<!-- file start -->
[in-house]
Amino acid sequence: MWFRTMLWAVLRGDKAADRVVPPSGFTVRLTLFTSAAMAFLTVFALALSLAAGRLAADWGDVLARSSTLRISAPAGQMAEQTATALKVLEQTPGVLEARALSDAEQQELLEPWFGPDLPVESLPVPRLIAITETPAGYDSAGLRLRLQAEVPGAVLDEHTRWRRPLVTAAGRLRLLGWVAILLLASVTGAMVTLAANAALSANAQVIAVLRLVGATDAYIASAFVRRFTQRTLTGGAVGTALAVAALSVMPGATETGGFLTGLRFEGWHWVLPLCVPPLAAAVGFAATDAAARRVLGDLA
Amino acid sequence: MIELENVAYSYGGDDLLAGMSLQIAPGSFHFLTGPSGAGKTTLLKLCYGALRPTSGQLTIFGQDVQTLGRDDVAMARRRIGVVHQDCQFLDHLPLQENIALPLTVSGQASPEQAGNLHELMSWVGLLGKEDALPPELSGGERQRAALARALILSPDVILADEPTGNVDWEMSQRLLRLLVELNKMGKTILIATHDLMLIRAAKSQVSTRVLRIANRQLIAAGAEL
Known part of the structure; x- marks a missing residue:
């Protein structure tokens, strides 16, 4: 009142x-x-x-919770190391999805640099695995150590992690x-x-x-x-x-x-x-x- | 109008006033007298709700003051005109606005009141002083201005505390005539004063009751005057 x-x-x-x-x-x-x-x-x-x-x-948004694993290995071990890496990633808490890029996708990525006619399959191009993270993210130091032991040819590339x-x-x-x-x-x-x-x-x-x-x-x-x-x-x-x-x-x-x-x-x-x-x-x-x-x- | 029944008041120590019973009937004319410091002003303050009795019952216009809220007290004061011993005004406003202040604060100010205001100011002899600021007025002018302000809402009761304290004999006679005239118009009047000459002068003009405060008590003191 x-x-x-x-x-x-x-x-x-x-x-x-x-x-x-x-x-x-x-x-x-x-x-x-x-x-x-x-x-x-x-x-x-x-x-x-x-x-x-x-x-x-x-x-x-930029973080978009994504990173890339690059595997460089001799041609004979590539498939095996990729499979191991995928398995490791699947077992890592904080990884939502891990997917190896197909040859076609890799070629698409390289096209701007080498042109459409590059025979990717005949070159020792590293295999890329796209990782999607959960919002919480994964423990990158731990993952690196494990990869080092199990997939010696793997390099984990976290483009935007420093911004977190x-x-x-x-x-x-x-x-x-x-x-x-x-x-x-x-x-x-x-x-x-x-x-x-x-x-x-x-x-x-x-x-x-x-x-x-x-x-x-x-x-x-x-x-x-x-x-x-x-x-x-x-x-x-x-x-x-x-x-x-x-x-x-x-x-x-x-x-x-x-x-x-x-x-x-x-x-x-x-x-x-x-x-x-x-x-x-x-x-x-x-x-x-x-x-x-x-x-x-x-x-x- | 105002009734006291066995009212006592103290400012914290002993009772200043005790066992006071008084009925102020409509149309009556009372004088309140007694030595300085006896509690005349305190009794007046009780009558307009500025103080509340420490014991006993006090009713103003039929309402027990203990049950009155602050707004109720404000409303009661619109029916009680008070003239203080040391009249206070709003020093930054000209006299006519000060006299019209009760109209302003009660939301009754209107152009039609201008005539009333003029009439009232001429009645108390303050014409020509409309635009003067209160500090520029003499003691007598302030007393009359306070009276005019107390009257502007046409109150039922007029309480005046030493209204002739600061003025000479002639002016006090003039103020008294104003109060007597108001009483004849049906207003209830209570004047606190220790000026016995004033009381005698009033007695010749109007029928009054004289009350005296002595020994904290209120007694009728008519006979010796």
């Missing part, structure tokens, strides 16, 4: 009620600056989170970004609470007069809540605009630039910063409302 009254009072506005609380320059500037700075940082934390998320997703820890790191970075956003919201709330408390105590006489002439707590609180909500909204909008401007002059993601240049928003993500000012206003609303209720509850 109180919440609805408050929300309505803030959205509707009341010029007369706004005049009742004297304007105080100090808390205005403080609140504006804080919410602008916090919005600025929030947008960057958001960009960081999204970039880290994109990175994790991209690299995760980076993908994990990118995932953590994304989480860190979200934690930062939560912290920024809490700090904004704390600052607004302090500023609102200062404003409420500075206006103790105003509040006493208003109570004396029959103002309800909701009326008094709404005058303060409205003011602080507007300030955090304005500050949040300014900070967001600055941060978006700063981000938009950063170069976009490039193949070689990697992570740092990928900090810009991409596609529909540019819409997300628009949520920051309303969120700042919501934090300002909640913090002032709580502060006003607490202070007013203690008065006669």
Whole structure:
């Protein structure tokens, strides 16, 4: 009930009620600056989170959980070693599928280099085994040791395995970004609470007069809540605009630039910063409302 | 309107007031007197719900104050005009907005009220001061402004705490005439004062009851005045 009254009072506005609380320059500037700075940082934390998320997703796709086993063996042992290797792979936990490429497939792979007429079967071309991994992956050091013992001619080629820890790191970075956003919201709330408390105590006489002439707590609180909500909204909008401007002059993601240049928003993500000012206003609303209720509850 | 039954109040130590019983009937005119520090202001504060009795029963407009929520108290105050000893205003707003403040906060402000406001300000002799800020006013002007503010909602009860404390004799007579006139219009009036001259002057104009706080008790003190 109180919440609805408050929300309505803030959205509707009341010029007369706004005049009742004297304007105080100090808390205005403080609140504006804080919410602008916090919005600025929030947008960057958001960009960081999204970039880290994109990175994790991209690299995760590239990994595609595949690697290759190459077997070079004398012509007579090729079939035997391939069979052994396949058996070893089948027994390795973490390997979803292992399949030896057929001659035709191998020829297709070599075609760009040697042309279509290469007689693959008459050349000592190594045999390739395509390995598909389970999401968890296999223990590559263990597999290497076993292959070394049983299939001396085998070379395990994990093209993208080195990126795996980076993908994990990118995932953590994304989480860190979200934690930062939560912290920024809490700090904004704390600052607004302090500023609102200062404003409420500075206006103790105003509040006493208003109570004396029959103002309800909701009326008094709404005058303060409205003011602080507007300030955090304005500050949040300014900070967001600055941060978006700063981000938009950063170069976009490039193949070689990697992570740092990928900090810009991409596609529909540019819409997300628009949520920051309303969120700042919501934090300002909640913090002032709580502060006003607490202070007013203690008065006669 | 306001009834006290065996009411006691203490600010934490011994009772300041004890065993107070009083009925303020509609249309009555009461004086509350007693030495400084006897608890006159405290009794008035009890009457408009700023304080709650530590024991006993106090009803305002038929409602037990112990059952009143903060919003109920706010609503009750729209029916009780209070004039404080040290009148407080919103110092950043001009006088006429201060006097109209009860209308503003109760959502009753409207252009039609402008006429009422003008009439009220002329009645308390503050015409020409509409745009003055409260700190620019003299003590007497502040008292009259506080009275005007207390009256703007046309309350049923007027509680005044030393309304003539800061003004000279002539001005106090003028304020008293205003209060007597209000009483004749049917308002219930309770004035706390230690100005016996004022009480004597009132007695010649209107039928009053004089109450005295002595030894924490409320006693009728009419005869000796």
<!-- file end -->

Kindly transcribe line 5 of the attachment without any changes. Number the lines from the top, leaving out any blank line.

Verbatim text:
């Protein structure tokens, strides 16, 4: 009142x-x-x-919770190391999805640099695995150590992690x-x-x-x-x-x-x-x- | 109008006033007298709700003051005109606005009141002083201005505390005539004063009751005057 x-x-x-x-x-x-x-x-x-x-x-948004694993290995071990890496990633808490890029996708990525006619399959191009993270993210130091032991040819590339x-x-x-x-x-x-x-x-x-x-x-x-x-x-x-x-x-x-x-x-x-x-x-x-x-x- | 029944008041120590019973009937004319410091002003303050009795019952216009809220007290004061011993005004406003202040604060100010205001100011002899600021007025002018302000809402009761304290004999006679005239118009009047000459002068003009405060008590003191 x-x-x-x-x-x-x-x-x-x-x-x-x-x-x-x-x-x-x-x-x-x-x-x-x-x-x-x-x-x-x-x-x-x-x-x-x-x-x-x-x-x-x-x-x-930029973080978009994504990173890339690059595997460089001799041609004979590539498939095996990729499979191991995928398995490791699947077992890592904080990884939502891990997917190896197909040859076609890799070629698409390289096209701007080498042109459409590059025979990717005949070159020792590293295999890329796209990782999607959960919002919480994964423990990158731990993952690196494990990869080092199990997939010696793997390099984990976290483009935007420093911004977190x-x-x-x-x-x-x-x-x-x-x-x-x-x-x-x-x-x-x-x-x-x-x-x-x-x-x-x-x-x-x-x-x-x-x-x-x-x-x-x-x-x-x-x-x-x-x-x-x-x-x-x-x-x-x-x-x-x-x-x-x-x-x-x-x-x-x-x-x-x-x-x-x-x-x-x-x-x-x-x-x-x-x-x-x-x-x-x-x-x-x-x-x-x-x-x-x-x-x-x-x-x- | 105002009734006291066995009212006592103290400012914290002993009772200043005790066992006071008084009925102020409509149309009556009372004088309140007694030595300085006896509690005349305190009794007046009780009558307009500025103080509340420490014991006993006090009713103003039929309402027990203990049950009155602050707004109720404000409303009661619109029916009680008070003239203080040391009249206070709003020093930054000209006299006519000060006299019209009760109209302003009660939301009754209107152009039609201008005539009333003029009439009232001429009645108390303050014409020509409309635009003067209160500090520029003499003691007598302030007393009359306070009276005019107390009257502007046409109150039922007029309480005046030493209204002739600061003025000479002639002016006090003039103020008294104003109060007597108001009483004849049906207003209830209570004047606190220790000026016995004033009381005698009033007695010749109007029928009054004289009350005296002595020994904290209120007694009728008519006979010796």